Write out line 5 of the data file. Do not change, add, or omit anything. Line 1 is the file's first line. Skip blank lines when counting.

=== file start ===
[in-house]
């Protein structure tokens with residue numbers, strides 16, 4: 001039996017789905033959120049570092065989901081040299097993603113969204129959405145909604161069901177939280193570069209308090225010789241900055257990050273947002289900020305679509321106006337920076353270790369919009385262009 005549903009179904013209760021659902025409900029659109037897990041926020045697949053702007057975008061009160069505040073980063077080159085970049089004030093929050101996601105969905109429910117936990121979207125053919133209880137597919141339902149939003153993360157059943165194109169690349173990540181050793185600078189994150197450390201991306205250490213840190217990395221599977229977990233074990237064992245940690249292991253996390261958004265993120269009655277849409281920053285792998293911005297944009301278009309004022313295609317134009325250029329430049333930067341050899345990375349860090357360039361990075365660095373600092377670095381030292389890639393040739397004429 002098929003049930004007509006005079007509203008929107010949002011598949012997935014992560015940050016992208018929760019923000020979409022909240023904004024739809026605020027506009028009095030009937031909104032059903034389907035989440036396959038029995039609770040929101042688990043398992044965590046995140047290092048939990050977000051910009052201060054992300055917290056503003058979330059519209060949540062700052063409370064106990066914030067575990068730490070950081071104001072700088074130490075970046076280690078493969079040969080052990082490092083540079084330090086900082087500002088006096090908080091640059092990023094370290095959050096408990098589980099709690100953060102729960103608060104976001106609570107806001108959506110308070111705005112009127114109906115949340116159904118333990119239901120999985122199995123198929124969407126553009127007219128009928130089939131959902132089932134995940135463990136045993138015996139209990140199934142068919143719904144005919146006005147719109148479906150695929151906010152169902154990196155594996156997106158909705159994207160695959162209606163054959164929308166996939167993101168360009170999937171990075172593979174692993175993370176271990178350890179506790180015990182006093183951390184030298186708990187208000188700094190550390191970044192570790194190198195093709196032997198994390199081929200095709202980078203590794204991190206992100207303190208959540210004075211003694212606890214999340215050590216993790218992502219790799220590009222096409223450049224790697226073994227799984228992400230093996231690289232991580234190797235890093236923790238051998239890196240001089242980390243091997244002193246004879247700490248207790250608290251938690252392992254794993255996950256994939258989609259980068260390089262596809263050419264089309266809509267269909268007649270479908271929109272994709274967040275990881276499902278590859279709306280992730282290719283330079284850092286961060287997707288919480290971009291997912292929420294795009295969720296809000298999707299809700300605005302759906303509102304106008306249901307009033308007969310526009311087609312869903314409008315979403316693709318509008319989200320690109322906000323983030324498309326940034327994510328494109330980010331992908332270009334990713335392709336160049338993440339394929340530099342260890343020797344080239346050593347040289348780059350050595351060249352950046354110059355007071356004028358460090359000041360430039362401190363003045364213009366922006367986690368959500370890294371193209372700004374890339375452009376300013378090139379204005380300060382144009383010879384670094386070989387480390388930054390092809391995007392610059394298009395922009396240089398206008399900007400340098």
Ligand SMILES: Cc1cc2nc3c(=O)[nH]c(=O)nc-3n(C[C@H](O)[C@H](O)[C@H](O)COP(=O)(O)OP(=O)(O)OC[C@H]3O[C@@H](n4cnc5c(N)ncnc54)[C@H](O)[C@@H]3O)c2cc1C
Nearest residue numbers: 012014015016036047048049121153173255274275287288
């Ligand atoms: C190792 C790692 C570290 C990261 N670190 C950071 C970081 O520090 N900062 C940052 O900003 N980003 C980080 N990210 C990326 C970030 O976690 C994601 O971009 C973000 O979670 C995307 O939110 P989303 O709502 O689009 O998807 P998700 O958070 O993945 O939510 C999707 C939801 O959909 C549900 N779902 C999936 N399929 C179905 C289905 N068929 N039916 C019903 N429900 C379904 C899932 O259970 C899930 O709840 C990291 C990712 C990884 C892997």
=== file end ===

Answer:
């Ligand atoms: C190792 C790692 C570290 C990261 N670190 C950071 C970081 O520090 N900062 C940052 O900003 N980003 C980080 N990210 C990326 C970030 O976690 C994601 O971009 C973000 O979670 C995307 O939110 P989303 O709502 O689009 O998807 P998700 O958070 O993945 O939510 C999707 C939801 O959909 C549900 N779902 C999936 N399929 C179905 C289905 N068929 N039916 C019903 N429900 C379904 C899932 O259970 C899930 O709840 C990291 C990712 C990884 C892997």